SAN DIEGO – Whether due to side effects of local and systemic therapies or the diagnosis itself, men with prostate cancer are at increased risk for mental distress and suicide.
The mental health burden associated with diagnosis and treatment is significant, Zachary Klaassen, MD, of Augusta University’s Georgia Cancer Center, pointed out during a session of the Society of Urologic Oncology’s annual meeting.
For example, Klaassen referenced a population-based study of approximately 50,000 older men with prostate cancer, which found that 20% developed mental illness over a 55-month follow-up period.
In addition, he noted, studies have indicated that the administration of systemic therapy, such as androgen deprivation therapy (ADT), can have serious implications for the mental health of patients with AD. a localized and advanced disease. A study in The oncologist found that of more than 37,000 men with prostate cancer treated with ADT, 11% received a new diagnosis of depression or anxiety within a median of 9.3 months of starting ADT .
“Only 50% of these men received treatment for their depression or anxiety,” Klaassen said.
As for the question of suicide risk, a study co-signed by Klaassen in Cancer discovered 2,268 suicides among 1.2 million people with genitourinary cancers from 1988 to 2010. Risk factors included white race, male gender, advanced age and distant disease.
“What’s particularly interesting is that if we disentangle the prostate cancer data, even 15 years after diagnosis, the standardized mortality rate was 1.84 compared to the general population,” said Klaassen. “It really lends to the fact that these men are going to be at high risk even years and years after their diagnosis.”
So how can oncologists help reduce these risks in their prostate cancer patients?
“It’s not easy to talk about it — there are definite barriers to identifying suicidality,” Klaassen said.
He cited a 2018 study in Psycho-oncology which found that a majority of oncologists and nurses caring for cancer patients reported at least one patient who had had suicidal thoughts or died by suicide during their career.
The 61 oncology healthcare professionals surveyed said there were a number of barriers to identifying suicide risk, including:
- Difficulty differentiating between suicidality and mental distress
- Patients gave no warning or hidden suicidal
- A fear of asking about suicidality
- A lack of coping resources and training to deal with suicidal patients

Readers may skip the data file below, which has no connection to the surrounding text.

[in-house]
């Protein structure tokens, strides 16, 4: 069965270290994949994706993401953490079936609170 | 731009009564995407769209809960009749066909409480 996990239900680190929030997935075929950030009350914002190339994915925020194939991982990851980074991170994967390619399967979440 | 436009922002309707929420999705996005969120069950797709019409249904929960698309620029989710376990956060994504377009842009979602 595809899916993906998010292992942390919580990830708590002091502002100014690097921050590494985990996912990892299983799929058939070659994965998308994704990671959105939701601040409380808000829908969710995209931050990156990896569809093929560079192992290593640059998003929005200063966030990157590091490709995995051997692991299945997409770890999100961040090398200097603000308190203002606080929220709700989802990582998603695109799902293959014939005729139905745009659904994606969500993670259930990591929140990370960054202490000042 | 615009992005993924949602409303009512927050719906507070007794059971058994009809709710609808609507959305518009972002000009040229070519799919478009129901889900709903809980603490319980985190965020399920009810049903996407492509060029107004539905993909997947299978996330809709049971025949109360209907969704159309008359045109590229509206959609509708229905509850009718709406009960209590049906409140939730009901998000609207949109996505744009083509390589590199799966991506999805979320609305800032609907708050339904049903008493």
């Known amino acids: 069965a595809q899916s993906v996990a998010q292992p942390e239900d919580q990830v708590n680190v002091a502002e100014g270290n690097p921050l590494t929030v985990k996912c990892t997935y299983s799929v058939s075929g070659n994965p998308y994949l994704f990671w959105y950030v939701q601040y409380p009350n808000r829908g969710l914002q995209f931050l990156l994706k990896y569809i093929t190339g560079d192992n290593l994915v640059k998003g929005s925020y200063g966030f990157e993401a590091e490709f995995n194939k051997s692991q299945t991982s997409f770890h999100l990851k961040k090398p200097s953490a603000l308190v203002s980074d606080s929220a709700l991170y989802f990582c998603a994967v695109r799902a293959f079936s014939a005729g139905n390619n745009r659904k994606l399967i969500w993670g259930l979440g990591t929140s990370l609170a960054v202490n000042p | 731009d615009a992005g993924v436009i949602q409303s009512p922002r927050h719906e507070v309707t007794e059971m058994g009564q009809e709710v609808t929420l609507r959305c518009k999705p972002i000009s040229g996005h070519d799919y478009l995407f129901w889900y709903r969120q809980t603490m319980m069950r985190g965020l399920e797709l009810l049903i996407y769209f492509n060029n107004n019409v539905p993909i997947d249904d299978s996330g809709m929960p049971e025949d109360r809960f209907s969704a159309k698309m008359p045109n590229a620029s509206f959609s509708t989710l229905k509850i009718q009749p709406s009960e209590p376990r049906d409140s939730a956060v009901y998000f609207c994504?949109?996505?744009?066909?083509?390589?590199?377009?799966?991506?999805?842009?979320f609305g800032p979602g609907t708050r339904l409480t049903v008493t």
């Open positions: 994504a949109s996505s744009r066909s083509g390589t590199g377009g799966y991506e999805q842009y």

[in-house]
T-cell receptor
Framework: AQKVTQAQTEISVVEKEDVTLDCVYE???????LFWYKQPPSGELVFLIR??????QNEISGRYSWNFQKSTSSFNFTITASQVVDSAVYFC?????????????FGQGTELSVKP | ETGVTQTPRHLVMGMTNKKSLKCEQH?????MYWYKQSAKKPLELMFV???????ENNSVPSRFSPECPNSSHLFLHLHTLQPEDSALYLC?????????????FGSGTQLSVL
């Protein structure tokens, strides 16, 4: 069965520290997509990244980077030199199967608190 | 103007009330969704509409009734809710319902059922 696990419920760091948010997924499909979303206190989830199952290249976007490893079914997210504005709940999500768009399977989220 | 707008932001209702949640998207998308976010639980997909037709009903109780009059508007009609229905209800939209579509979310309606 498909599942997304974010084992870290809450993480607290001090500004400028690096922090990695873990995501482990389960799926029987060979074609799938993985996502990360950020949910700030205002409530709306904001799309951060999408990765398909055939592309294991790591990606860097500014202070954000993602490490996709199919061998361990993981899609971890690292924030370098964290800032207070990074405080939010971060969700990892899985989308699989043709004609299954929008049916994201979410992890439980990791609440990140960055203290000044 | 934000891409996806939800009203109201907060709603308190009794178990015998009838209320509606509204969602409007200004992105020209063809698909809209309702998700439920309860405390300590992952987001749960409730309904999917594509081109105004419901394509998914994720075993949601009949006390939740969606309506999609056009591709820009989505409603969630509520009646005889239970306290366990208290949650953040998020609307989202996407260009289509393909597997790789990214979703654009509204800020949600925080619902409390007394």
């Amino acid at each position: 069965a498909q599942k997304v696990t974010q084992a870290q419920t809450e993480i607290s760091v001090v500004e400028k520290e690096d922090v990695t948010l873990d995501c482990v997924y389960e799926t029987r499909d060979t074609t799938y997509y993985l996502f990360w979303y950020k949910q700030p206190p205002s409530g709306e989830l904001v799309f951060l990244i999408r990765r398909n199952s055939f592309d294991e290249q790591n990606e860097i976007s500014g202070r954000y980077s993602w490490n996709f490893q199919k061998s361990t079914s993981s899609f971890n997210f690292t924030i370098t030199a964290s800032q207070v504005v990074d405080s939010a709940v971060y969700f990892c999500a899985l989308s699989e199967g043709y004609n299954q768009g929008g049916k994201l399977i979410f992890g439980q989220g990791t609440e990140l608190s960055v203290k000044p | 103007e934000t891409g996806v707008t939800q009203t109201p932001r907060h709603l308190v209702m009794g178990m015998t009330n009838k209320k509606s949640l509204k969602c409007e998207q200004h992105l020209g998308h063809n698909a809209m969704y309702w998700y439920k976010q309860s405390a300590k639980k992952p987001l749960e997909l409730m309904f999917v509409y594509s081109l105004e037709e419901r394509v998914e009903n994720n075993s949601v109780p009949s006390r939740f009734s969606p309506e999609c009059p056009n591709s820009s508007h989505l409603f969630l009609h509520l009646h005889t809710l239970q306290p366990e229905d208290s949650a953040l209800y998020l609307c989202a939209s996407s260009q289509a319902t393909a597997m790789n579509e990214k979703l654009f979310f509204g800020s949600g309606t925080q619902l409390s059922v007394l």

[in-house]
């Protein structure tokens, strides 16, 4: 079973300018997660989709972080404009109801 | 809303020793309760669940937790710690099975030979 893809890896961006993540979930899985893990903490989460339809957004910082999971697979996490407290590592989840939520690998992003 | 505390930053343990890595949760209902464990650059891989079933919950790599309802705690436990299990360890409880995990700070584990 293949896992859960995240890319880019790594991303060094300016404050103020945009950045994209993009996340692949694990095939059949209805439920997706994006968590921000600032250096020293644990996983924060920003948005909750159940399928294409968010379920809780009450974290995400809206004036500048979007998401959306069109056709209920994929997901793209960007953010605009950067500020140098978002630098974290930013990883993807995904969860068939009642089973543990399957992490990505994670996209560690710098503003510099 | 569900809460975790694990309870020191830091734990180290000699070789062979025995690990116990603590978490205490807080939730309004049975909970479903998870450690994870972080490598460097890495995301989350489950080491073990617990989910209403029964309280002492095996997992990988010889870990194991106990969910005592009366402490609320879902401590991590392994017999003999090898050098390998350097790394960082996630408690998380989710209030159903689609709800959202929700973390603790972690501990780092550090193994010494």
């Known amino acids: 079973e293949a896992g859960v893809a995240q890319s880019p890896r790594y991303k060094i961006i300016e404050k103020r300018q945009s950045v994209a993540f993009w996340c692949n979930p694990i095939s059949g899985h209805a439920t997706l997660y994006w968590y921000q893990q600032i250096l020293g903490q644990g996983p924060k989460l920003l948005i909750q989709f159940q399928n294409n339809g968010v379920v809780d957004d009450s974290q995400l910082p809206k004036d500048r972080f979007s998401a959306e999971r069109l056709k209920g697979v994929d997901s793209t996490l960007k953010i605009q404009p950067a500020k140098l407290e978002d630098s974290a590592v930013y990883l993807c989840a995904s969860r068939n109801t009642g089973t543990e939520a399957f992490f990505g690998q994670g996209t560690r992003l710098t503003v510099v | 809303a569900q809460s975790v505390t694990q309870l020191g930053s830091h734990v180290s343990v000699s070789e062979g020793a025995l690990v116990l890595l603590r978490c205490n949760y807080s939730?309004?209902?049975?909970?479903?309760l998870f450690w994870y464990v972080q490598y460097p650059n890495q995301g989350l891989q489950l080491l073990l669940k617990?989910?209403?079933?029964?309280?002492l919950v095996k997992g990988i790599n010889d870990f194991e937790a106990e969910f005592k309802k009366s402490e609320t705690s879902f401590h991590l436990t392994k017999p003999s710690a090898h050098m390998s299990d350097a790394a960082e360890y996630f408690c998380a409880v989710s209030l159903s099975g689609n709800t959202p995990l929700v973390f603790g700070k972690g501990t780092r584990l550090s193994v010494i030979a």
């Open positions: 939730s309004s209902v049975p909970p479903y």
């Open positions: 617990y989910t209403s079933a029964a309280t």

“One of the main things I see in our clinics is our lack of time,” Klaassen said. “The benefit of this study in identifying suicidal risk is to be attentive to verbal cues, to look for explicit actions in our patients, to pay attention to their history of mental health disorders…and to be really attentive to acute mental health.”
One way to do this, he said, is to use the National Comprehensive Cancer Network’s Distress Thermometer, a scale of 0 to 10 (none to extreme) in which patients indicate their level of distress over the course of the week before the assessment.
Be on the lookout for depression, mental illness and suicidal ideation in patients, Klaassen said. “It should be easy to do this with the Mental Stress Thermometer and by training your staff to understand what it is, administer it and bring it to your attention if they see a signal with a score of 3. or more.”
“We’re all prostate cancer doctors here,” he said. “Your job is to treat prostate cancer as best you can, but refer to your fellow urologists who deal with sexual issues and urinary incontinence, because it is in this localized state that they are going to have their issues. And make friends with your psycho-oncology team at the same time.”
Klaassen noted that he works closely with a multidisciplinary team that includes a psycho-oncologist and a sexual medicine oncologist “who are very important in this prostate cancer journey.”
“At this point between biopsy and treatment, we offer [patients] a visit with these two doctors to discuss the side effects of the treatment and the mental stress, and then we give them that opportunity again after their primary treatment,” Klaassen said. “Don’t be afraid to make appropriate referrals, and sometimes they can be urgent, to psycho-oncology or psychiatry teams.”
If you or someone you know is having suicidal thoughts, please call 988 Suicide & Crisis Lifeline.
Klaassen said he received a career development grant from the Department of Defense and served as editor of the American Urological Association’s core cancer survivorship program.
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